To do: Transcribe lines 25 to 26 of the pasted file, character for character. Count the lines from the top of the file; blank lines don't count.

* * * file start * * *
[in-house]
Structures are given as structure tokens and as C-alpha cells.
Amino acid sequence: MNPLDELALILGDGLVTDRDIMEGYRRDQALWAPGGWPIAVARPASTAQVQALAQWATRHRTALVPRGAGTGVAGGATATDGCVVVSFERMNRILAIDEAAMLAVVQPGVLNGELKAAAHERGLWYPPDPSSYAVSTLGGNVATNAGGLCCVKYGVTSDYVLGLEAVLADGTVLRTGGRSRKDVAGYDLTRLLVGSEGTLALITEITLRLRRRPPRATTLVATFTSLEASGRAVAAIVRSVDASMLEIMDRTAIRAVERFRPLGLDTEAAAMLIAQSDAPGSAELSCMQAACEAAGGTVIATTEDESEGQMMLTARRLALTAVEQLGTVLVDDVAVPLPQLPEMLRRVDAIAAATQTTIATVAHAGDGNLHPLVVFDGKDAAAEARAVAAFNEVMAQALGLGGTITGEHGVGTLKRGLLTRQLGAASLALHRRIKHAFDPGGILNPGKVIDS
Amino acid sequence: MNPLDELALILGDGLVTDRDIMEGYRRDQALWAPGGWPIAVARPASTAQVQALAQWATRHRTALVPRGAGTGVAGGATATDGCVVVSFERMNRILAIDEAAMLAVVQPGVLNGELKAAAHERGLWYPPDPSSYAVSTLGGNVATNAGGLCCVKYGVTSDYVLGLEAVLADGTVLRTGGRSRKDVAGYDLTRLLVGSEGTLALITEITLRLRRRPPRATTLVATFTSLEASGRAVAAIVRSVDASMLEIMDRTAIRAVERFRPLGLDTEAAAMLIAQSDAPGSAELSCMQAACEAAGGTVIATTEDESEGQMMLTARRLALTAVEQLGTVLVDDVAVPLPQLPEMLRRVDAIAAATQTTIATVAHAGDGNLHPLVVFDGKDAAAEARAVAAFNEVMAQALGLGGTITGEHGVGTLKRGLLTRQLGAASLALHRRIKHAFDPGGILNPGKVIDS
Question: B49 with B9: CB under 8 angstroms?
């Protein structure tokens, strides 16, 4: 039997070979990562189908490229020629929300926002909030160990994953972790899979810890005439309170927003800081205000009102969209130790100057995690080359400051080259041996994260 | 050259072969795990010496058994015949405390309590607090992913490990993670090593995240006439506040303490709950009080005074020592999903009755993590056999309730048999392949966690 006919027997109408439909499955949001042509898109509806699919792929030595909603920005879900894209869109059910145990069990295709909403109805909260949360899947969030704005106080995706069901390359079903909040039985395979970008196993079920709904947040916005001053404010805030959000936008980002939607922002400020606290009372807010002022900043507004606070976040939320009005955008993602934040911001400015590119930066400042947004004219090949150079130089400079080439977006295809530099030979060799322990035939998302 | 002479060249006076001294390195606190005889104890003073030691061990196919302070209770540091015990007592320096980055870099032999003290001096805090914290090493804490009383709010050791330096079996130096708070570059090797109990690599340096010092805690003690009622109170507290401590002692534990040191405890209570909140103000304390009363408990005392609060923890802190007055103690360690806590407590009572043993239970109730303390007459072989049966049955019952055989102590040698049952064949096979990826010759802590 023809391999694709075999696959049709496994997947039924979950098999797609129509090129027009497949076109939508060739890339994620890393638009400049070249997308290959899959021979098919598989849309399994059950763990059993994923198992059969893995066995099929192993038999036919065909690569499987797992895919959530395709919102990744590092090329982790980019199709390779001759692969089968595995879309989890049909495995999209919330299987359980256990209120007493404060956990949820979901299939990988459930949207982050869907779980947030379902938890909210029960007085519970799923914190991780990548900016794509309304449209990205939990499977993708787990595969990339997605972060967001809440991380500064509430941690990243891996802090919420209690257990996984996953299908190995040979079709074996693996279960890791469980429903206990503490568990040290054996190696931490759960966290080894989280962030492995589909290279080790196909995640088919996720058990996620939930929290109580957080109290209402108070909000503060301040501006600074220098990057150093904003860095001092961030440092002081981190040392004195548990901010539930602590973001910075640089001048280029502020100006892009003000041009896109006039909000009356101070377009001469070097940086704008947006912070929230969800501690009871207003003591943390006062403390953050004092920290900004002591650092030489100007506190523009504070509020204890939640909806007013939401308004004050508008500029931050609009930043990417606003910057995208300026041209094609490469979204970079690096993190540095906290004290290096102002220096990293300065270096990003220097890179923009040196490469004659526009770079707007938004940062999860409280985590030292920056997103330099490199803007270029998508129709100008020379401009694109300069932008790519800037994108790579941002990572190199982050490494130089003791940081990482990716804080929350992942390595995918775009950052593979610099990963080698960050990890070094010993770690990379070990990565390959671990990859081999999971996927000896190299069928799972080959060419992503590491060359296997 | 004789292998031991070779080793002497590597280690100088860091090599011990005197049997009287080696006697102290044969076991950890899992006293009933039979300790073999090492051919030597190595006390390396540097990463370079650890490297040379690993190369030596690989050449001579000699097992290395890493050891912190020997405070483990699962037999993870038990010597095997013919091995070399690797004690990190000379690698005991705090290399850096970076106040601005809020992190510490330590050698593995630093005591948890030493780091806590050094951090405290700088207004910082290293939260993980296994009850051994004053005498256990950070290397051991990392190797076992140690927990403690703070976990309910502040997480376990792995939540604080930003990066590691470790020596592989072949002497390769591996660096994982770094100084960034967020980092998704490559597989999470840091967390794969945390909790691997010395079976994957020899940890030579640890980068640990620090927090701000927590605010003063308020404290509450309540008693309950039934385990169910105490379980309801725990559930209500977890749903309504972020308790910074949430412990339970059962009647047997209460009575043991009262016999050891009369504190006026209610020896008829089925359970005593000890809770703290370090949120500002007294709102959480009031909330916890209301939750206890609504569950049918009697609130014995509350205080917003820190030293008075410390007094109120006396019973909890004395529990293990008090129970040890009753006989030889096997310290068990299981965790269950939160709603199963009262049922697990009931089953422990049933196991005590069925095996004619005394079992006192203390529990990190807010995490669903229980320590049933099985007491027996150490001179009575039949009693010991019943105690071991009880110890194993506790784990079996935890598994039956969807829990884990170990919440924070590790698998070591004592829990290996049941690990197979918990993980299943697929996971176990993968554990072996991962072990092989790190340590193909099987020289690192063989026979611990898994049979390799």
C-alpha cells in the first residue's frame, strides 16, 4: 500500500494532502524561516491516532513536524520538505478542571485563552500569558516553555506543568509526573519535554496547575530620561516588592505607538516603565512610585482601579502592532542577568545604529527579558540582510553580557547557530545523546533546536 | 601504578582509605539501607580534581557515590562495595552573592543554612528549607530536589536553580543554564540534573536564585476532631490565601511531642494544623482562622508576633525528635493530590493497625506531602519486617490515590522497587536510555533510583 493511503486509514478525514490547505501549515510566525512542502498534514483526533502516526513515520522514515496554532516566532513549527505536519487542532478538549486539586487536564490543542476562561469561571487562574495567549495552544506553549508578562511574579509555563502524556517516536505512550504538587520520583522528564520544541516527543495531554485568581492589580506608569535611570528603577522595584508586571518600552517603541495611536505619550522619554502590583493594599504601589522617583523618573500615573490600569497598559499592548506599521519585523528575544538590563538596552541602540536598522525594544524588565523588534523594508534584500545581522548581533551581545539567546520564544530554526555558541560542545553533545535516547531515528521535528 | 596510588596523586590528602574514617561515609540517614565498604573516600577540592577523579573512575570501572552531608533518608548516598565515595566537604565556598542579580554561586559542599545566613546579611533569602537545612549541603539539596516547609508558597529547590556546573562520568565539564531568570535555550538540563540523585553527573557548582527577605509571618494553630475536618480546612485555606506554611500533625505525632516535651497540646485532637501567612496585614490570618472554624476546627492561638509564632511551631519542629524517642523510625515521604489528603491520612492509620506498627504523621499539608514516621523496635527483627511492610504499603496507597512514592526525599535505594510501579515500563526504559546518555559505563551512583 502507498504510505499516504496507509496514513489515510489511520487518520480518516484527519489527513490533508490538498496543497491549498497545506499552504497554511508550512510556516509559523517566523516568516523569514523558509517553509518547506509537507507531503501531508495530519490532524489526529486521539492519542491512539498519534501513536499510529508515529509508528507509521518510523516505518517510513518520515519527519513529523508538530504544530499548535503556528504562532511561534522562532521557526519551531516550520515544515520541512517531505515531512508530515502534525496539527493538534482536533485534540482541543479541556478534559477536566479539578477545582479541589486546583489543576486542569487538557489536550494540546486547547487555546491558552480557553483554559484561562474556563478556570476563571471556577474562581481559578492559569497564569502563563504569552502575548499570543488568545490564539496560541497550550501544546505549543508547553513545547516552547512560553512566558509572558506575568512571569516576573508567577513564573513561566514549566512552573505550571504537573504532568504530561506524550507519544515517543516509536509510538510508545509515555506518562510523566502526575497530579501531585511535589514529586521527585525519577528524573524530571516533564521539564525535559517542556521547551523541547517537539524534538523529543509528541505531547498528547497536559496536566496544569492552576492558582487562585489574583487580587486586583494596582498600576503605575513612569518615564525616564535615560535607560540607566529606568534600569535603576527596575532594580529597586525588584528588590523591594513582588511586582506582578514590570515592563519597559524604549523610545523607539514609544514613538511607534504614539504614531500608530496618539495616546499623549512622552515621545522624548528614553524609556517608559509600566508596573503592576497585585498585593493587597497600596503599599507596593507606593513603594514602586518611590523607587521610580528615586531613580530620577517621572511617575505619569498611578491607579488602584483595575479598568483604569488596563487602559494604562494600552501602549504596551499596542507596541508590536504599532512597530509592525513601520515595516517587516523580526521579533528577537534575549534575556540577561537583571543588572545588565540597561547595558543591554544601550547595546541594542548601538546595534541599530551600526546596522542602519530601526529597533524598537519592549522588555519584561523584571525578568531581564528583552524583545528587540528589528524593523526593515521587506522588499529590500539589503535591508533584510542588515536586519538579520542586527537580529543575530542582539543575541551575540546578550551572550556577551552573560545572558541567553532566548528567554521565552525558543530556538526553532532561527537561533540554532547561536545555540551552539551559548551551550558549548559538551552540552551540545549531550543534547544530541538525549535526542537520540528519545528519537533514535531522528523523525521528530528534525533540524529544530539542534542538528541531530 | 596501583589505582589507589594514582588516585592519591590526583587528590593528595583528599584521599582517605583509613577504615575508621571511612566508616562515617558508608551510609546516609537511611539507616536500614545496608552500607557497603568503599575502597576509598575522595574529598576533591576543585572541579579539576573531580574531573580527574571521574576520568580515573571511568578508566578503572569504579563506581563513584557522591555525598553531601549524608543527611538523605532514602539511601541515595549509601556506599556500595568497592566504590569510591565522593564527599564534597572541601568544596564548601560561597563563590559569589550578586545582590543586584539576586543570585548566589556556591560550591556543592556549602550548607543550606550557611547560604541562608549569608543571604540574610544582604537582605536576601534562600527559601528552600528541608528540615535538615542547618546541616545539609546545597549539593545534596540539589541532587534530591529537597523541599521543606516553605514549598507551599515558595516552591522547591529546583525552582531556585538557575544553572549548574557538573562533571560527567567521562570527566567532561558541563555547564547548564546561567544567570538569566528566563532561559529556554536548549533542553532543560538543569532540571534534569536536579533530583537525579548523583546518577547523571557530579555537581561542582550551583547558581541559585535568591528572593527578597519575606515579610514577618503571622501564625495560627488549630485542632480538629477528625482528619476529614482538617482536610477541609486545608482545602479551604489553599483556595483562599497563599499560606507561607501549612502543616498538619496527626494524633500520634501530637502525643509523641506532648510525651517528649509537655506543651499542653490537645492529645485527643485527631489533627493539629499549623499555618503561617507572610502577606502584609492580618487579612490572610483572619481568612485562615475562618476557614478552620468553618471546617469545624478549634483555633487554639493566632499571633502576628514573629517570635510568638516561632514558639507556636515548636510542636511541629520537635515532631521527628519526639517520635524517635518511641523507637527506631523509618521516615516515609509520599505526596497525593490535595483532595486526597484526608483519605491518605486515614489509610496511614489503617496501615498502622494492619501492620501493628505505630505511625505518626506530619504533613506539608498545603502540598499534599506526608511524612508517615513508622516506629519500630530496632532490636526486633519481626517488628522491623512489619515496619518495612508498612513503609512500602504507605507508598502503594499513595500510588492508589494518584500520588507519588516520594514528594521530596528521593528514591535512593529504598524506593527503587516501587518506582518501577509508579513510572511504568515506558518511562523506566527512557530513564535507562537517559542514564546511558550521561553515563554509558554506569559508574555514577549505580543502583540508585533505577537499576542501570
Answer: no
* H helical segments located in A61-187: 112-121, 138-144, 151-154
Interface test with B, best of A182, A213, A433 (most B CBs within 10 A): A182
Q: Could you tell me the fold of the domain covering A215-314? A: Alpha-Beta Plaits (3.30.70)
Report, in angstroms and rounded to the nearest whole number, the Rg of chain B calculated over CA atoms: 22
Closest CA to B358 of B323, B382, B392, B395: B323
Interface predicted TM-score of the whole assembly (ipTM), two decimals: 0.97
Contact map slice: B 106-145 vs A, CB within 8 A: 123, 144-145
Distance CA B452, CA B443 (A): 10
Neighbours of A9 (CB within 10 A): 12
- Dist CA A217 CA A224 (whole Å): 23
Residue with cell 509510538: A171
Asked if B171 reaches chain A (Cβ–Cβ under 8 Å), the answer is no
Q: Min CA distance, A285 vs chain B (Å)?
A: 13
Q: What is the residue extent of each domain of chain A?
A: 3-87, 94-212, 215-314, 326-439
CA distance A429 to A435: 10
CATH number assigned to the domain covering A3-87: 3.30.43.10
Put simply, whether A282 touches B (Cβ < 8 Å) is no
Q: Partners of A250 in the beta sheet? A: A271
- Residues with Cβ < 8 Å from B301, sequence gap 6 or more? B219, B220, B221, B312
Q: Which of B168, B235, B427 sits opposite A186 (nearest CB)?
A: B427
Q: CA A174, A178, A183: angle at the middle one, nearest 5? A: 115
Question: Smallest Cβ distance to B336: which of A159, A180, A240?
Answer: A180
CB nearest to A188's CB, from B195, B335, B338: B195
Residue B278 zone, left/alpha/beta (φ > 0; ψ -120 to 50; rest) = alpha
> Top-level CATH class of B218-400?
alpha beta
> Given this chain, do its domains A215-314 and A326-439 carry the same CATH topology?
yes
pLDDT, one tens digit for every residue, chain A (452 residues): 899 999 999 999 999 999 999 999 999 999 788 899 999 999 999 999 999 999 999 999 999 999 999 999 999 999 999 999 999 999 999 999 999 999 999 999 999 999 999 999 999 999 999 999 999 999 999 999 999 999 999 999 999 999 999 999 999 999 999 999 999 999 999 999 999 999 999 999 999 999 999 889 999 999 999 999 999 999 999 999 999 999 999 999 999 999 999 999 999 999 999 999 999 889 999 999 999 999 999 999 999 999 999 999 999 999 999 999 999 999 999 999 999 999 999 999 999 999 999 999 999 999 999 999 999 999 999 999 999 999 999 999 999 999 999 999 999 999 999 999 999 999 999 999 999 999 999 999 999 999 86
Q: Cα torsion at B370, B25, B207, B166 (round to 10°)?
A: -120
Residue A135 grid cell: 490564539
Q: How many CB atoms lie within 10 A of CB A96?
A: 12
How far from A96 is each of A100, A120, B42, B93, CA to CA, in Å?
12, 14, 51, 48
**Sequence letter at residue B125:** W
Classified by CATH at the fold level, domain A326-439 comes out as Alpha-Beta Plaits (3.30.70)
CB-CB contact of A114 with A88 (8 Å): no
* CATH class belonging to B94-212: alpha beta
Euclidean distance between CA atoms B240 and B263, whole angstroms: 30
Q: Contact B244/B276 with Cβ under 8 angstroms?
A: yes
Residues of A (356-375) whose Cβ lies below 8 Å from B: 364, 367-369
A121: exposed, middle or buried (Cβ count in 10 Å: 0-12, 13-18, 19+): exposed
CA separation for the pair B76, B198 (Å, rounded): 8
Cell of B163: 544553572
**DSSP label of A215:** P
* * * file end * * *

CA distance A429 to A435: 10
CATH number assigned to the domain covering A3-87: 3.30.43.10